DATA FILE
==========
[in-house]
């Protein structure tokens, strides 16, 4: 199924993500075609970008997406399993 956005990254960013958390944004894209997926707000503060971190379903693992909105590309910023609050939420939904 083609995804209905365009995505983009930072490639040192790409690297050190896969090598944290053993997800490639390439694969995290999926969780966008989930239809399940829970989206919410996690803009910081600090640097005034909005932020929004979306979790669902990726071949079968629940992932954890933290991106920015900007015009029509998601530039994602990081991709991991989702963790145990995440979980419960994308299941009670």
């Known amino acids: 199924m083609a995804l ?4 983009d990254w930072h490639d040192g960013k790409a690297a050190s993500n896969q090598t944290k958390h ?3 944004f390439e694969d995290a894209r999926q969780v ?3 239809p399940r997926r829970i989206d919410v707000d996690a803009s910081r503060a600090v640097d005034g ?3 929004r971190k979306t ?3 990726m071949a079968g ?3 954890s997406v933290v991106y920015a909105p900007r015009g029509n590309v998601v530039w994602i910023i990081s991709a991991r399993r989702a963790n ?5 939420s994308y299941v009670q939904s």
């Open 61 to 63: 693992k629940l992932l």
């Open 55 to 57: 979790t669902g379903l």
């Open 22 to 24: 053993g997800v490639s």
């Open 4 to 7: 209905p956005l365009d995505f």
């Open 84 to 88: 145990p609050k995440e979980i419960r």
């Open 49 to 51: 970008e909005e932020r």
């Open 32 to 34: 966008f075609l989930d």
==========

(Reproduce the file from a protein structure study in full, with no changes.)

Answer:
[in-house]
């Protein structure tokens, strides 16, 4: 199924993500075609970008997406399993 956005990254960013958390944004894209997926707000503060971190379903693992909105590309910023609050939420939904 083609995804209905365009995505983009930072490639040192790409690297050190896969090598944290053993997800490639390439694969995290999926969780966008989930239809399940829970989206919410996690803009910081600090640097005034909005932020929004979306979790669902990726071949079968629940992932954890933290991106920015900007015009029509998601530039994602990081991709991991989702963790145990995440979980419960994308299941009670």
């Known amino acids: 199924m083609a995804l ?4 983009d990254w930072h490639d040192g960013k790409a690297a050190s993500n896969q090598t944290k958390h ?3 944004f390439e694969d995290a894209r999926q969780v ?3 239809p399940r997926r829970i989206d919410v707000d996690a803009s910081r503060a600090v640097d005034g ?3 929004r971190k979306t ?3 990726m071949a079968g ?3 954890s997406v933290v991106y920015a909105p900007r015009g029509n590309v998601v530039w994602i910023i990081s991709a991991r399993r989702a963790n ?5 939420s994308y299941v009670q939904s």
């Open 61 to 63: 693992k629940l992932l």
């Open 55 to 57: 979790t669902g379903l």
């Open 22 to 24: 053993g997800v490639s």
């Open 4 to 7: 209905p956005l365009d995505f």
């Open 84 to 88: 145990p609050k995440e979980i419960r």
């Open 49 to 51: 970008e909005e932020r």
């Open 32 to 34: 966008f075609l989930d």